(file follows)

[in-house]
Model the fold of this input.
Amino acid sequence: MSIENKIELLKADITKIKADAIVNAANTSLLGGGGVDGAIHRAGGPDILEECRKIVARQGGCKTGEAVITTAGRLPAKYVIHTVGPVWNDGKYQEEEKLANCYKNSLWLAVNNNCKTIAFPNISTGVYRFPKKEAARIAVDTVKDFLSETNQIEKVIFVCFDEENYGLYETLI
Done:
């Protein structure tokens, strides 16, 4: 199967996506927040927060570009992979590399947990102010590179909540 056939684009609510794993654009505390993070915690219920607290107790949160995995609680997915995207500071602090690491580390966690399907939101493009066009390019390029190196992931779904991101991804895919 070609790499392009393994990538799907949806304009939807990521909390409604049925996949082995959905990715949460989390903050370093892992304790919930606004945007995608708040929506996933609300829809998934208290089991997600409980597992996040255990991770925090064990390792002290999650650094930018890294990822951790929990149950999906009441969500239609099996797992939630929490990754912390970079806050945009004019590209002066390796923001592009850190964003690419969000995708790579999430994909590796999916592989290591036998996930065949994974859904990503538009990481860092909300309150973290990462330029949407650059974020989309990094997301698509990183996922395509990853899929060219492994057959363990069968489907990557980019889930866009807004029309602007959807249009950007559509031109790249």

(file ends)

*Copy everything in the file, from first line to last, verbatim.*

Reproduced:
[in-house]
Model the fold of this input.
Amino acid sequence: MSIENKIELLKADITKIKADAIVNAANTSLLGGGGVDGAIHRAGGPDILEECRKIVARQGGCKTGEAVITTAGRLPAKYVIHTVGPVWNDGKYQEEEKLANCYKNSLWLAVNNNCKTIAFPNISTGVYRFPKKEAARIAVDTVKDFLSETNQIEKVIFVCFDEENYGLYETLI
Done:
């Protein structure tokens, strides 16, 4: 199967996506927040927060570009992979590399947990102010590179909540 056939684009609510794993654009505390993070915690219920607290107790949160995995609680997915995207500071602090690491580390966690399907939101493009066009390019390029190196992931779904991101991804895919 070609790499392009393994990538799907949806304009939807990521909390409604049925996949082995959905990715949460989390903050370093892992304790919930606004945007995608708040929506996933609300829809998934208290089991997600409980597992996040255990991770925090064990390792002290999650650094930018890294990822951790929990149950999906009441969500239609099996797992939630929490990754912390970079806050945009004019590209002066390796923001592009850190964003690419969000995708790579999430994909590796999916592989290591036998996930065949994974859904990503538009990481860092909300309150973290990462330029949407650059974020989309990094997301698509990183996922395509990853899929060219492994057959363990069968489907990557980019889930866009807004029309602007959807249009950007559509031109790249």